PITTSFIELD -- Second Berkshire District state representative candidate Tom Szczepaniak and his daughter claim his ex-wife supplied his Democratic opponent with documents highlighting his criminal record.
The Dalton selectman responded to a letter in Wednesday's Eagle by Steve Hoeschele, the manager of the Paul Mark campaign, denying Mark's involvement in the leak.
"[My mother] said she was sending a package to Mr. Mark," said Szczepaniak's daughter, Krystal Conrado, 24, of Pittsfield. "That letter to the editor is a total lie. My mother sent that package to Mr. Mark, who sent it out to the media."
Conrado's mother, Lisa-Jo Bolognia of Lanesborough, said she had no involvement with any documents being sent, and said she told her daughter that.
"I think this is a huge embarassment," Bolognia said. "He should have come out and told everyone about the skeletons in his closet."
Szczepaniak and Bolognia are divorced, and both have since re-married.
Szczepaniak and Mark, both Democrats, will face off in the Sept. 14 primary election. The winner will face off against the Republican winner and an independent candidate in the Nov. 2 general election.
The Mark campaign did not return phone messages seeking comment for this story.
The packages in question, sent anonymously to The Eagle and other news outlets last week, contained news clippings highlighting the 44-year-old Szczepaniak's arrests in the 1980s and early ‘90s, ranging from drug possession to assault and battery.
Szczepaniak's brushes with the law ended in 1993 when he served an 18-month jail sentence for drunken driving and related offenses. Szczepaniak was first elected to Dalton's Select Board in 2001 and is currently its chairman. He owns Variety Trucking of Pittsfield.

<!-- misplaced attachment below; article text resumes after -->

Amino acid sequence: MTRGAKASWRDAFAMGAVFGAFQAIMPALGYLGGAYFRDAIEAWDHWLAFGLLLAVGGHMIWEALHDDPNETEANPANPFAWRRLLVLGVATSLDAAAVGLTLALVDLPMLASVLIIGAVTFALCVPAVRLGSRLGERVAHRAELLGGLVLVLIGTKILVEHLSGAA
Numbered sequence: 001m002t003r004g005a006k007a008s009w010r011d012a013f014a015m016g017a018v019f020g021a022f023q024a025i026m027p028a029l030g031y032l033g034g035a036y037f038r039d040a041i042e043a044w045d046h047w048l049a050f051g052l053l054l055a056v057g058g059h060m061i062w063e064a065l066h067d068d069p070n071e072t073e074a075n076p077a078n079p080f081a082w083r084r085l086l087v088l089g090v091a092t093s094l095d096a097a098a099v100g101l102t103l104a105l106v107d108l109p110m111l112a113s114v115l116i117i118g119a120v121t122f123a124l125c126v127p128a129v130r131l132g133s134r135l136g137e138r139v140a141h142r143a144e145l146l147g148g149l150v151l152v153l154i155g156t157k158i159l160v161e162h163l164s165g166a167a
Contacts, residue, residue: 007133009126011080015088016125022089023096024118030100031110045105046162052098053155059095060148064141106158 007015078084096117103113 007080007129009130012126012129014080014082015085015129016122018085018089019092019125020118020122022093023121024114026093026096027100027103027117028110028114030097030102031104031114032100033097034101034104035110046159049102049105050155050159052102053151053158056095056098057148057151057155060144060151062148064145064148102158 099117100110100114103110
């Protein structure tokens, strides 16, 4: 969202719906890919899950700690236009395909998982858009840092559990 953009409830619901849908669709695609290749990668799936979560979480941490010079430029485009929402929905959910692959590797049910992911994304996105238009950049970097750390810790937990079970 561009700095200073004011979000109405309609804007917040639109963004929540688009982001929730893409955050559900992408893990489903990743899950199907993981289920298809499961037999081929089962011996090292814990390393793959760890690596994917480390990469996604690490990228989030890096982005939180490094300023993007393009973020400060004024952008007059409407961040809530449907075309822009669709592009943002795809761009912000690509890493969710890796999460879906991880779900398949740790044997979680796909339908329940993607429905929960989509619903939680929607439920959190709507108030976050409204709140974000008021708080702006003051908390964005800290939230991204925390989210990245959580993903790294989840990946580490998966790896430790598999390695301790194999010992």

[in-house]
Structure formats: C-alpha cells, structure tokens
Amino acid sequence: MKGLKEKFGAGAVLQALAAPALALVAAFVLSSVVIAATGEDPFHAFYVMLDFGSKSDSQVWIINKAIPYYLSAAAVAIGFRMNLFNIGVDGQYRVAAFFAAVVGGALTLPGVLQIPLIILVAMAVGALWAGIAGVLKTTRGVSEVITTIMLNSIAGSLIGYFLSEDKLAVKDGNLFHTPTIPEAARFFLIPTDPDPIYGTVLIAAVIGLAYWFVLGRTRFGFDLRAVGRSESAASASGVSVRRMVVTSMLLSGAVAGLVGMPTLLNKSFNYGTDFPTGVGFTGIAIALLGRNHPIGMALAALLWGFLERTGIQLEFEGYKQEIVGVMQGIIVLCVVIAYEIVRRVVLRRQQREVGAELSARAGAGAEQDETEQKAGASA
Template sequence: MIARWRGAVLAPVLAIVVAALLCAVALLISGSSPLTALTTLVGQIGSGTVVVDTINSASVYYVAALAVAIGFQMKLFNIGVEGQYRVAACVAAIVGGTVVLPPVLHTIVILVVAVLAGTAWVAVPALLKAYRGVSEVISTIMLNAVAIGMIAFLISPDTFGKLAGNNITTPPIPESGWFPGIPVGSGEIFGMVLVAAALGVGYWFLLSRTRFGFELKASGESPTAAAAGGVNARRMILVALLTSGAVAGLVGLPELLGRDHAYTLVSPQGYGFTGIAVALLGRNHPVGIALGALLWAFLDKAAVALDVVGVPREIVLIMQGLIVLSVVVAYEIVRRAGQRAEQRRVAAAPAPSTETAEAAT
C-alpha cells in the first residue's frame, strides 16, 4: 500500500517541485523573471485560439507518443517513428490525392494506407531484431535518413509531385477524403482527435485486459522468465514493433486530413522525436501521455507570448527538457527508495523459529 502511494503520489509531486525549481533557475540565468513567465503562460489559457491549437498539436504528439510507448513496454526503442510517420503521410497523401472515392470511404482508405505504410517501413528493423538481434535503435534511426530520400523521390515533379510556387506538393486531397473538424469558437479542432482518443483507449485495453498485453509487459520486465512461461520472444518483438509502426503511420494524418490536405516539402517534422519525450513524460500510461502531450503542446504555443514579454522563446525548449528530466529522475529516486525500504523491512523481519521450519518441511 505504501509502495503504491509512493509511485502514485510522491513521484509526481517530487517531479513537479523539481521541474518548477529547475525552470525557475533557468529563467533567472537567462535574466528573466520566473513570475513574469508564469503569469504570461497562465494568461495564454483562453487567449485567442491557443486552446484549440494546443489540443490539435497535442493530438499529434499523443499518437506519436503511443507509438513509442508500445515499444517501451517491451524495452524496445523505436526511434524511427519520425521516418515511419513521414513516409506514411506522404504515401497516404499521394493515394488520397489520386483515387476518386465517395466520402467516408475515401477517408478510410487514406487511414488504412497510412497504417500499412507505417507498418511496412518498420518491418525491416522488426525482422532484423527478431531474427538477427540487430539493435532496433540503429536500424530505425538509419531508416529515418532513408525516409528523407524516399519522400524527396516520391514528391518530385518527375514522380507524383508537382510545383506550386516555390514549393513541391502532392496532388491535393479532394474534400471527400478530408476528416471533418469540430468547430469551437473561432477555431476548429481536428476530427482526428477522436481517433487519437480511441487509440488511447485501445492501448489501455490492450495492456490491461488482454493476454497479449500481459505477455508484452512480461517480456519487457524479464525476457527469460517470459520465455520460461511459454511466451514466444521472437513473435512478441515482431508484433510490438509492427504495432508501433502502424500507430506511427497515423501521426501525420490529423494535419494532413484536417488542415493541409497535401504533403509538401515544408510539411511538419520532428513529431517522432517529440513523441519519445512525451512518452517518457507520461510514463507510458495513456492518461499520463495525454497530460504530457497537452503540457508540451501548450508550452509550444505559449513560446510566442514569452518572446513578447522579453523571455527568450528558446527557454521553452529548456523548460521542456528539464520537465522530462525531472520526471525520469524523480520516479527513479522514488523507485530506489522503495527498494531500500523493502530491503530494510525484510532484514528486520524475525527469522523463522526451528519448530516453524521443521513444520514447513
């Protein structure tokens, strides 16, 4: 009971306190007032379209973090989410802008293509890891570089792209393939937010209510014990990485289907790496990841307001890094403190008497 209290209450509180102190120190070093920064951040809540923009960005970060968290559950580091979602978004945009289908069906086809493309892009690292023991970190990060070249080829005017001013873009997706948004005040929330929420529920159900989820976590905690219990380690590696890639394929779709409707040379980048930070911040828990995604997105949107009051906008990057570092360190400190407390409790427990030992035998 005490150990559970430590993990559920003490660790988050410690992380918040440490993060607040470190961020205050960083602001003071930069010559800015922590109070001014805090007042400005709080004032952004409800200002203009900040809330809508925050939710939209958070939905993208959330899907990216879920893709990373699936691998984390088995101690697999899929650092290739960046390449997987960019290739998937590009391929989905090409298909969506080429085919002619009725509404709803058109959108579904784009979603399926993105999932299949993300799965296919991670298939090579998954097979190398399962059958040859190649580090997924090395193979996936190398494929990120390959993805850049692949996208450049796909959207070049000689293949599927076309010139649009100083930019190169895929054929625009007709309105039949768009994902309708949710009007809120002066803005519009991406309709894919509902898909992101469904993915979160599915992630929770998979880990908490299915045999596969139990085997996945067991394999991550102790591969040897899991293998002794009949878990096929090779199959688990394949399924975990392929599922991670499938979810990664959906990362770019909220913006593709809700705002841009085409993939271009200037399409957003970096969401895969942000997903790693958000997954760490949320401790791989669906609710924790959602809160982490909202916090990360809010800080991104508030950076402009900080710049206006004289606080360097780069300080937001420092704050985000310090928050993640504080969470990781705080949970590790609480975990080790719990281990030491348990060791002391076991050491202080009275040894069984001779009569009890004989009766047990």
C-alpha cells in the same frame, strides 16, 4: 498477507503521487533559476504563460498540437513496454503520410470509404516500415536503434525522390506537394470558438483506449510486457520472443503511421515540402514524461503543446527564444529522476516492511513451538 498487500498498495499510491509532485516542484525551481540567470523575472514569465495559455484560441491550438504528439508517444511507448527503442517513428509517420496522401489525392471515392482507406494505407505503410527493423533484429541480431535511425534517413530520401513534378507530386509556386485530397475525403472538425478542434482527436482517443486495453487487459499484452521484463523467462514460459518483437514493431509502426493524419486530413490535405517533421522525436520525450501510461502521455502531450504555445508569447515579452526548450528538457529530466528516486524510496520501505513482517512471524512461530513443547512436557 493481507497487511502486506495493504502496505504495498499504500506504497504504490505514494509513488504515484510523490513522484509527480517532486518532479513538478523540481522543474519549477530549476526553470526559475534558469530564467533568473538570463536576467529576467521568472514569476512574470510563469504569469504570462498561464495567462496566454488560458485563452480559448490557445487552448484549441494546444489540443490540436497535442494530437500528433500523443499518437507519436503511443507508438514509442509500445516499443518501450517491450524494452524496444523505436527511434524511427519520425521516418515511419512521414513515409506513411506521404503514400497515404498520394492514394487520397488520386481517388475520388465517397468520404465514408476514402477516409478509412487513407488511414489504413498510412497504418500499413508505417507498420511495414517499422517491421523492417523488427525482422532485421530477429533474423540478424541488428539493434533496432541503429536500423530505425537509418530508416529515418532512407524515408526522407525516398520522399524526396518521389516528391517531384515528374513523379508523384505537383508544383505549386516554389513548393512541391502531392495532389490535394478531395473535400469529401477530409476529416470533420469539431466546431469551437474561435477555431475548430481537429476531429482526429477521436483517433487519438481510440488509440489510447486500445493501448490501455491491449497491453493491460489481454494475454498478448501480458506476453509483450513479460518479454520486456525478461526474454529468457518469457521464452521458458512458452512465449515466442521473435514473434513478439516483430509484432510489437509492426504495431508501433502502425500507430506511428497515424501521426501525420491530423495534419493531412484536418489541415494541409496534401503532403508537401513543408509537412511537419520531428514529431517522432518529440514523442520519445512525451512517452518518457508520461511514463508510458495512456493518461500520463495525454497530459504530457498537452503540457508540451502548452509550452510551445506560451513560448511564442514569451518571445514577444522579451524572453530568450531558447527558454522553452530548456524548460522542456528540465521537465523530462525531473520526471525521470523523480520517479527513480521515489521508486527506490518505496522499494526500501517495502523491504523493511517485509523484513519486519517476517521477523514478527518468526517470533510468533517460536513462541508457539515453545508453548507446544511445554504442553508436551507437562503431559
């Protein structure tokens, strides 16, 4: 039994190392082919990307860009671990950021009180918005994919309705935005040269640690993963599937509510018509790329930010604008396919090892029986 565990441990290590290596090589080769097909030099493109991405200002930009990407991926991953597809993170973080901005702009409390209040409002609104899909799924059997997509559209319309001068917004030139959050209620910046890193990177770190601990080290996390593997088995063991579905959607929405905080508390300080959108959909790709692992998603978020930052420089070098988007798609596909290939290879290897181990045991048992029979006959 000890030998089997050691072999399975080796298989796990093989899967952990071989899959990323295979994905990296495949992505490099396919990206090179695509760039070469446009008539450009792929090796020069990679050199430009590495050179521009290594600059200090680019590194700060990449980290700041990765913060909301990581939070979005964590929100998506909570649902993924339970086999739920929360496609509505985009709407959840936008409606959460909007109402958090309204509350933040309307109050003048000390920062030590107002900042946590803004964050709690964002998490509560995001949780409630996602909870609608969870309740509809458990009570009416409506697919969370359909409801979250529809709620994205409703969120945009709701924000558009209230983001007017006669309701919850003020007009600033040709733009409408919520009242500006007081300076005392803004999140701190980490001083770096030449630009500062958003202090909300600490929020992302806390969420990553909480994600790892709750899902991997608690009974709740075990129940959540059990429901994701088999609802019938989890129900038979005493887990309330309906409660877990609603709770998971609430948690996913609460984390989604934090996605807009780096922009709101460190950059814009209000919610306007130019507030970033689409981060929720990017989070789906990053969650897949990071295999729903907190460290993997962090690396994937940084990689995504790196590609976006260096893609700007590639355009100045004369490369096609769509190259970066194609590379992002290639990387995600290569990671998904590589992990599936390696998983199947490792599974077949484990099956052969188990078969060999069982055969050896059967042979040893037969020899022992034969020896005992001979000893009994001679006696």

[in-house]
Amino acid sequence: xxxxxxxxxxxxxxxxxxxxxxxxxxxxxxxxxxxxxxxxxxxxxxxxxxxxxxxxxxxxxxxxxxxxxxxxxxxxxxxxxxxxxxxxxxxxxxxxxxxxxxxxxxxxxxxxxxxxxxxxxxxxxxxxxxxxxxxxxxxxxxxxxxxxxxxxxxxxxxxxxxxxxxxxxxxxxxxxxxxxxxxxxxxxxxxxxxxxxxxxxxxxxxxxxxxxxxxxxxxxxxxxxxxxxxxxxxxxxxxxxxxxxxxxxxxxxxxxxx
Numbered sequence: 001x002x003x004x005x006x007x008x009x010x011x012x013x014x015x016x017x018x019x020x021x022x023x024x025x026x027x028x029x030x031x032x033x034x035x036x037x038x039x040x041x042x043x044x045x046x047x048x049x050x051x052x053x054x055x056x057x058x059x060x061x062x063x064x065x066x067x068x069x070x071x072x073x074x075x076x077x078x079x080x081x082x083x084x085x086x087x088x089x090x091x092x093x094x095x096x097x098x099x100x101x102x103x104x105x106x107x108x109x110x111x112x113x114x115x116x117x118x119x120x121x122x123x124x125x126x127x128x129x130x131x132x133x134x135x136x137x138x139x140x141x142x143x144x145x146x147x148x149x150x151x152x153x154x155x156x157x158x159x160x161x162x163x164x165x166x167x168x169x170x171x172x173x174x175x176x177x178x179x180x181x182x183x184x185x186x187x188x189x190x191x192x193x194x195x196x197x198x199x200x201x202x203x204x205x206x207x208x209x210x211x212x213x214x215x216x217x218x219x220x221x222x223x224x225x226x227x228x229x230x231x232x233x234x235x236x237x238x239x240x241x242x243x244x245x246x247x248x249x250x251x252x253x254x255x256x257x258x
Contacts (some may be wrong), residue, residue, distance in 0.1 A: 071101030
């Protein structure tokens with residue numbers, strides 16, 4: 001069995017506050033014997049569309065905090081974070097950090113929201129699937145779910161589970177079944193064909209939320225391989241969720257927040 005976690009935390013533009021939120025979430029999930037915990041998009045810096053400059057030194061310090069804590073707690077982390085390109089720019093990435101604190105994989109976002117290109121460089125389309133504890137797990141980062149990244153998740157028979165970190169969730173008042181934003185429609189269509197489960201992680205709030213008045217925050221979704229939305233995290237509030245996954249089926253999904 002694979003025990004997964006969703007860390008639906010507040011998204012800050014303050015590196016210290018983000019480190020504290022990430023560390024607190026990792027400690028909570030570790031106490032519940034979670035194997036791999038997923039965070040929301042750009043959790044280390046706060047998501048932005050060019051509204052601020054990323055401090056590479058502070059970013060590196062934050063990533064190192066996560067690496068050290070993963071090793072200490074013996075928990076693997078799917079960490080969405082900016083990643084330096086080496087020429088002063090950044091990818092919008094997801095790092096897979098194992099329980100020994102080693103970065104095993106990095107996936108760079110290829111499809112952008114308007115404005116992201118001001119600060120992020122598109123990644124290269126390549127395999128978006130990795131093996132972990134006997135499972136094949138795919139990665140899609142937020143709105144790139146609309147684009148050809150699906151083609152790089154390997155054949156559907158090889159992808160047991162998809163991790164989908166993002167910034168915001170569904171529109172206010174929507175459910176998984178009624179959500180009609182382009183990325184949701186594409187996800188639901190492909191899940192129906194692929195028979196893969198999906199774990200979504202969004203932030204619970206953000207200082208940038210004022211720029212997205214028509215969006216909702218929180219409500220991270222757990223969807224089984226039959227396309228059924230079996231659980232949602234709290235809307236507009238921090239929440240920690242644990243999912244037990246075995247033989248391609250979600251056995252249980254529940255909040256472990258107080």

Szczepaniak has accused Mark and Hoeschele of distributing the packages and "bad-mouthing" him at a recent public dinner in Shelburne Falls.
In his letter to the editor, Hoeschele wrote, "You can't canvas door-to-door in the Berkshires without a voter volunteering new information about Szczepaniak's misdeeds. You hear about it from personal and business associates, and even family members."
Szczepaniak and Conrado described the letter as "a low blow."
"When you start getting into my family and stuff, that's a very different ballgame," Szczepaniak said. "I don't like the mud-slinging, and I don't like my family getting dragged into that."
Conrado said she felt compelled to speak to The Eagle after reading Hoeschele's letter. She said her mother told her that she would be sending the clippings about her father to the Mark campaign after hearing her daughter would be attending Szczepaniak's spring kickoff event.
Bolognia had accused Szczepaniak of sexual assault in 1987, but the case was dismissed the following year after Bolognia refused to testify against him.
"She promised a long time ago [that] she'd never be happy until she ruined my life," said Szczepaniak, who said he has not spoken with his ex-wife in years.
Szczepaniak said he was upset that no one has owned up to what he described as an attempt to "tar and feather him." But he said he is eager to discuss policy as the campaign moves ahead.
"I'm pushing reform because I've reformed my whole life," Szczepaniak said. "I just can't take someone who hasn't been straight-up. ... You don't man up to something? I've manned up my whole life."